Hot flashes are supposed to get better with time, but that’s not always the case. So, what solutions are available for women?
Editors note: In honor of Menopause Awareness Month, we are running a series of stories about menopause. Our goal is to illuminate a topic that is sometimes shrouded in misinformation and shame. We hope to change that.
Did you think your hot flashes and night sweats would stop after your last period? Not so fast. Sorry to be a Debbie Downer, but menopausal symptoms can continue after menopause, sometimes for many years. And it’s more common than you might think.
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What Are The 34 Symptoms Of Menopause
When you think of a woman going through menopause, you might think of symptoms like hot flashes, vaginal dryness, or mood swings.
These symptoms receive a lot of attention due to the fact that there are over-the-counter and prescription drug remedies designed especially to target them. However, the symptoms of menopause are actually far more complex than these companies let on!
In total, there are 34 different symptoms that can be attributed to menopause. A woman going through menopause might experience some or all of these symptoms, ranging from mild to severe.
Read on to learn more about the menopause process and how it might affect a womans health and well-being.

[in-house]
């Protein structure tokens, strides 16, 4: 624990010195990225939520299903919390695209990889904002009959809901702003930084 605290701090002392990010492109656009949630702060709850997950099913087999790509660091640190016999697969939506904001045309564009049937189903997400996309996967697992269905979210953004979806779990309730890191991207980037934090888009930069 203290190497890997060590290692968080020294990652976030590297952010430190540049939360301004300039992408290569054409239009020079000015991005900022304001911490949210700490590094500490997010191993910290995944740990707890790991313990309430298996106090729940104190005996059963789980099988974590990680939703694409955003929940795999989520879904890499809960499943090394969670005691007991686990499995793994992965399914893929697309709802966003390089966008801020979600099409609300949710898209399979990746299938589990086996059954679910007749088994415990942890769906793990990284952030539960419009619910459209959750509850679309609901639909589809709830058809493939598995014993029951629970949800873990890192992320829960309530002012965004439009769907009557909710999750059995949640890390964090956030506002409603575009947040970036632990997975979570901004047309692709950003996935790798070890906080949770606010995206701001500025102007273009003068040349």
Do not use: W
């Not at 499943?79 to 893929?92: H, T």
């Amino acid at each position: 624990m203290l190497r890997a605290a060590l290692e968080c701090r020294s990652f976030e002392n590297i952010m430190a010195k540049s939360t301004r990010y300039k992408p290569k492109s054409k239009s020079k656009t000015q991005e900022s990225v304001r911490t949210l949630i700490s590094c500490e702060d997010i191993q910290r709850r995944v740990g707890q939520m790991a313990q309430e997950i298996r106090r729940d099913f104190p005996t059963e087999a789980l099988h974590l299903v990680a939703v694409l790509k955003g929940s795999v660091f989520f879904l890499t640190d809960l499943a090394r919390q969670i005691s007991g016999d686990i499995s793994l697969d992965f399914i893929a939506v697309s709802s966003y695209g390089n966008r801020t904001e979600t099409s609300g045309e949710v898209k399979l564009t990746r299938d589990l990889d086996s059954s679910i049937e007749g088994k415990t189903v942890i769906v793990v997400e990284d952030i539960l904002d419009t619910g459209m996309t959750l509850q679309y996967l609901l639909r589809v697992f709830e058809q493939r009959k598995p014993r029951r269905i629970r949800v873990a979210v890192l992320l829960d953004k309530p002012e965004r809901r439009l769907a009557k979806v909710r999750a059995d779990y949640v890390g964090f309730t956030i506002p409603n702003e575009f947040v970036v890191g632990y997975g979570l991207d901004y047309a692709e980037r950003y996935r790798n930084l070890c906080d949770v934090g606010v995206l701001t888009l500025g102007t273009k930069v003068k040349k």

What Lifestyle Changes Ease Symptoms Of Menopause
Hot flashes: Several nonprescription treatments are available, and lifestyle choices can help. Many women feel that regular aerobic exercise can help reduce hot flashes, but controlled studies have not proved any benefit. Foods that may trigger hot flashes, such as spicy foods, caffeine, and alcohol, should be avoided.
Heart disease: A low-fat, low-cholesterol diet helps to reduce the risk of heart disease.
Weight gain: Regular exercise is helpful in controlling weight.
Osteoporosis: Adequate calcium intake and weight-bearing exercise are important. Strength training can strengthen bones.
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Menopause Symptom: Memory Problems
You might become forgetful or have trouble focusing. As many as two-thirds of women going through perimenopause say they have problems with memory or trouble focusing.10 Menopausal hormone therapy does not treat or prevent memory loss or brain diseases, including dementia and Alzheimers disease. In a recent study, memory problems were linked to depression and loss of sleep but not to levels of the hormone estrogen.10
Understanding The Menopausal Transition
Menopause is a point in time 12 months after a woman’s last period. The years leading up to that point, when women may have changes in their monthly cycles, hot flashes, or other symptoms, are called the menopausal transition or perimenopause.
The menopausal transition most often begins between ages 45 and 55. It usually lasts about seven years but can be as long as 14 years. The duration can depend on lifestyle factors such as smoking, age it begins, and race and ethnicity. During perimenopause, the body’s production of estrogen and progesterone, two hormones made by the ovaries, varies greatly.